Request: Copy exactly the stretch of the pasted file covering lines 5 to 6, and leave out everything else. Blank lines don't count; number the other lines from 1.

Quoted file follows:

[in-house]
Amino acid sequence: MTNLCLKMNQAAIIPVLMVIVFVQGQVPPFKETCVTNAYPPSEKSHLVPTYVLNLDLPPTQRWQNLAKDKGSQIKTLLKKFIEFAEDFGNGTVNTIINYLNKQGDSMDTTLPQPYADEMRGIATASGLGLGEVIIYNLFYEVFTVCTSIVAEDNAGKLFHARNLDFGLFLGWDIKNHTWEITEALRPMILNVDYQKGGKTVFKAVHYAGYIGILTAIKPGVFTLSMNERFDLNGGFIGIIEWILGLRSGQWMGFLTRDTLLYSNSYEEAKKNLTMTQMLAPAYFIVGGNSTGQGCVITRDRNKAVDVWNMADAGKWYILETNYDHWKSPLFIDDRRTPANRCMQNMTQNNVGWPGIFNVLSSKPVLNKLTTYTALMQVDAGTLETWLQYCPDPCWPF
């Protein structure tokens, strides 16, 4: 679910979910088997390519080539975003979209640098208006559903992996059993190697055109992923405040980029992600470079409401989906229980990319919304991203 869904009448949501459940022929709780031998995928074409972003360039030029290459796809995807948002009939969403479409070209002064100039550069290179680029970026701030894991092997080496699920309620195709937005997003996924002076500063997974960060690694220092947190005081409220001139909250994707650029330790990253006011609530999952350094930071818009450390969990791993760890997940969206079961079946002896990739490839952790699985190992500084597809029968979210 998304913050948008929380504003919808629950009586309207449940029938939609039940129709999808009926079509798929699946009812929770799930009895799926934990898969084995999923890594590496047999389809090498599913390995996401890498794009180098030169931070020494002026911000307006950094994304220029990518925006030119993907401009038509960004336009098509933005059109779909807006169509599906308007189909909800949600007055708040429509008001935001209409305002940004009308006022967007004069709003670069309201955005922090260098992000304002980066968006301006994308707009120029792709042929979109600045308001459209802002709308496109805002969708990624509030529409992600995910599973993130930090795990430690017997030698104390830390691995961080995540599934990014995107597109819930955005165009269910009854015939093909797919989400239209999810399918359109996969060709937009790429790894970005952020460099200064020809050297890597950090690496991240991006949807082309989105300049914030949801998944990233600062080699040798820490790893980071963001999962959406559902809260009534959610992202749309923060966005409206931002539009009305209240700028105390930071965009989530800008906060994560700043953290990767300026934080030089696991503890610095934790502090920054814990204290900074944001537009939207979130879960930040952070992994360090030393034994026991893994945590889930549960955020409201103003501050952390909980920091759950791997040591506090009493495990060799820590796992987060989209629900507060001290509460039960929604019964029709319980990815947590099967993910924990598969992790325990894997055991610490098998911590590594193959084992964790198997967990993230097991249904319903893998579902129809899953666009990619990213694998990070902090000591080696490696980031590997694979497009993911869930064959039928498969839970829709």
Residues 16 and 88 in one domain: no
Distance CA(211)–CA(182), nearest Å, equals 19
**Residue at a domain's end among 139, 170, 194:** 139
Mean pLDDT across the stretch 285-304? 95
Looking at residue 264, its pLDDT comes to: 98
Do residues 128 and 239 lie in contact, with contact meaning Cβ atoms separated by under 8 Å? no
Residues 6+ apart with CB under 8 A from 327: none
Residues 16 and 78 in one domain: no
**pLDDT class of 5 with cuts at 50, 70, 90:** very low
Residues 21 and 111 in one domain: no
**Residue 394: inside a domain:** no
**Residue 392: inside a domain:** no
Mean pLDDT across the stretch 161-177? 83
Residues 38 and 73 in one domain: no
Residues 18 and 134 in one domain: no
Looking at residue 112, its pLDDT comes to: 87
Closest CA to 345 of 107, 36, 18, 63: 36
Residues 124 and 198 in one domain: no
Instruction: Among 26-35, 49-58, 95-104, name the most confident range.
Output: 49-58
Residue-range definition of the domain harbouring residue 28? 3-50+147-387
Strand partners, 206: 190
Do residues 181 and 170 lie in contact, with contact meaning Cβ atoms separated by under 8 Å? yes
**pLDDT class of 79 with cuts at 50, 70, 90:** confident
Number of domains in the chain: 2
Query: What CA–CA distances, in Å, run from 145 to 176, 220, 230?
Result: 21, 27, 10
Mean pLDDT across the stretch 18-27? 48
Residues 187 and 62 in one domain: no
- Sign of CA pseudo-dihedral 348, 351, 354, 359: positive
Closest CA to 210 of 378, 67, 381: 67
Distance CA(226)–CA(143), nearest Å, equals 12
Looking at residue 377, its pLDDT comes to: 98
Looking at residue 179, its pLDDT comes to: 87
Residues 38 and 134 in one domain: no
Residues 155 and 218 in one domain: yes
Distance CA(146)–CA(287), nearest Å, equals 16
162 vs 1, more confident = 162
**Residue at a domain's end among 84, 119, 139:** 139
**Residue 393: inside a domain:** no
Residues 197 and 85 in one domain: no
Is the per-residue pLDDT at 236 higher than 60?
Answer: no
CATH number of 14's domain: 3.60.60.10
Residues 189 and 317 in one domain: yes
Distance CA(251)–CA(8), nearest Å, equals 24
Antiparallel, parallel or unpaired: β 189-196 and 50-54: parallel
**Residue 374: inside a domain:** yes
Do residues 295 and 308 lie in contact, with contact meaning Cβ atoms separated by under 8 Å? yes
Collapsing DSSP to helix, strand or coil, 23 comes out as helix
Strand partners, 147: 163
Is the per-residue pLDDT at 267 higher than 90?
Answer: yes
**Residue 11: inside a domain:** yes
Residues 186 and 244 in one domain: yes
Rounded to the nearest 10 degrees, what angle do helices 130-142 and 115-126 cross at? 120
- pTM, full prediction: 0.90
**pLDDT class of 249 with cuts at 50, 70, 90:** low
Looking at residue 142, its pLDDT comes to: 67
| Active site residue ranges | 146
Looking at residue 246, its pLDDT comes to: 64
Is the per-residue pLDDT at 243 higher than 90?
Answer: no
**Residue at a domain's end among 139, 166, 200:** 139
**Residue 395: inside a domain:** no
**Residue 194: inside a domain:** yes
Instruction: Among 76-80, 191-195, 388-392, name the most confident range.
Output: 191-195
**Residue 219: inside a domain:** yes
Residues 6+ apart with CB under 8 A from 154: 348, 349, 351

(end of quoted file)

Distance CA(211)–CA(182), nearest Å, equals 19
**Residue at a domain's end among 139, 170, 194:** 139